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FCC votes to restore net neutrality protections in the United States

FCC seal

In an entirely expected move, the Federal Communications Commission has voted to reinstate net neutrality protections in the United States.

The vote on Thursday was on the final form of net neutrality rules, following a previous vote on bringing back the rules in October.

The latest vote was 3-2 in favor of restoration, with Democratic commissioners voting in favor and Republican counterparts against the change.

The FCC vote is the latest in the Commission's story in the years-long net neutrality saga. The latest vote restores the requirement that Internet providers manage traffic equally regardless of the source or user.

"Four years ago the pandemic changed life as we know it. We were told to stay home, hunker down, and live online," said FCC chair Jessica Rosenworcel at the time of the vote.

"It became clear that no matter who you are or where you live, you need broadband to have a fair shot at digital age success," she continued. "It went from nice-to-have to need-to-have for everyone, everywhere."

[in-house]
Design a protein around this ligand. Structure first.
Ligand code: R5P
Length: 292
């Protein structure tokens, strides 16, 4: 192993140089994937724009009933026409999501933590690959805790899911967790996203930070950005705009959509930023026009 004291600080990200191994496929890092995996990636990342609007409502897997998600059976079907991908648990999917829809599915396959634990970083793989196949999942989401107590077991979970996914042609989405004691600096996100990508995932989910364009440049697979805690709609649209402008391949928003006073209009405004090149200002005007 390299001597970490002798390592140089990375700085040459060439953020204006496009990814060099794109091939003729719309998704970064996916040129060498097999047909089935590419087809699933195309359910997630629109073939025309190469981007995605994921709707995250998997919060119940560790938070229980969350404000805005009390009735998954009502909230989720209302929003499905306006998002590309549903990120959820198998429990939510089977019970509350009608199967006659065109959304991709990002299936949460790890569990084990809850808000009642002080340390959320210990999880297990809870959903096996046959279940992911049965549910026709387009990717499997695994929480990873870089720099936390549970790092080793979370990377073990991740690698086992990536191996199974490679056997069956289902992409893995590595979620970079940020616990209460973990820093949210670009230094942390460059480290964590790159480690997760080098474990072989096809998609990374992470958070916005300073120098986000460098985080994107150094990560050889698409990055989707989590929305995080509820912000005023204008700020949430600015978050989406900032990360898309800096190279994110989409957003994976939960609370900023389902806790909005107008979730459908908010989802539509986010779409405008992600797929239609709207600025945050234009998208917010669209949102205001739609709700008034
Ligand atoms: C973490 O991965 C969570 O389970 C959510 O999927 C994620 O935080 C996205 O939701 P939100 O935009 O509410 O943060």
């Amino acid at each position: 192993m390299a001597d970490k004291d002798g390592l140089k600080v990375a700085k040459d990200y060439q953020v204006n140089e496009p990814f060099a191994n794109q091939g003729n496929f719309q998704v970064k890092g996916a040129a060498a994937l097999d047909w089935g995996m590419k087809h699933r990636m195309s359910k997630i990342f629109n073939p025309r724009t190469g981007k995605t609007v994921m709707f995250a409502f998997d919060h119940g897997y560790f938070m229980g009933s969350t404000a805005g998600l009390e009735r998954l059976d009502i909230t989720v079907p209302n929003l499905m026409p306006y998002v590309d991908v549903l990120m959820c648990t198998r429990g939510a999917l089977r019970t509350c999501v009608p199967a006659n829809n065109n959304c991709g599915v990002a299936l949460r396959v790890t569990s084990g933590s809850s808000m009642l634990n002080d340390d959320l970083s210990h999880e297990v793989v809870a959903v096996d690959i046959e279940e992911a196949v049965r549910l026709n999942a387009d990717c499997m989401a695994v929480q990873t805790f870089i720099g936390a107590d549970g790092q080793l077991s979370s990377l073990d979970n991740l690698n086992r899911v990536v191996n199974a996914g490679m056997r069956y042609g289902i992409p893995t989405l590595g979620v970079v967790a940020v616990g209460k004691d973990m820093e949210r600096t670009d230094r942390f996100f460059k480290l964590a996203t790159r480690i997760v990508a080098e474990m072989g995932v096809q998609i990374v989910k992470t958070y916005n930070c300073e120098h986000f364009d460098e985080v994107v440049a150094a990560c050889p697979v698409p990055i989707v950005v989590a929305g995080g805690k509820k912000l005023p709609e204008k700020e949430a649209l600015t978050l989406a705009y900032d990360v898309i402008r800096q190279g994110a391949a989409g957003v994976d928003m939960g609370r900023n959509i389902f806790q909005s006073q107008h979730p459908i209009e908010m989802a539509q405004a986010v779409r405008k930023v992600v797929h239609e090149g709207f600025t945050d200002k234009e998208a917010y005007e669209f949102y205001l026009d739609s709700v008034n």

"Broadband is now an essential service. Essential services - the ones we count on in every aspect of modern life - have some basic oversight."

The long road away from Fast Lanes

Under the Obama administration and FCC chairman Tom Wheeler, the FCC voted to introduce net neutrality rules in 2015. The vote meant that internet services would be regulated as "common carriers" under the Communications Act," and end paid-for "internet fast lanes."

During the tenure of Donald Trump, FCC chair Ajit Pai worked to rescind those same protections, under the guise of "Restoring Internet Freedom." While there were protests and urging by tech companies, including Apple, to reconsider, the FCC voted in 2017 to remove those rules.

The Restoring Internet Freedom order came into force on June 11.

Following the removal of the protections, various attempts were made to restore them, including Senate votes and a law in California. The 2019 "Save the Internet" bill was a prominent attempt that failed to make traction.

After a net neutrality lawsuit against Mozilla, the FCC was legally required to ask for comments from the public on the matter. Comments in favor of net neutrality were largely ignored by the FCC, due to the request being a legal formality.

Despite being voted into the White House and in power since the end of 2020, the Biden administration could not bring back net neutrality in its first three years, until the FCC came under majority Democrat control in October.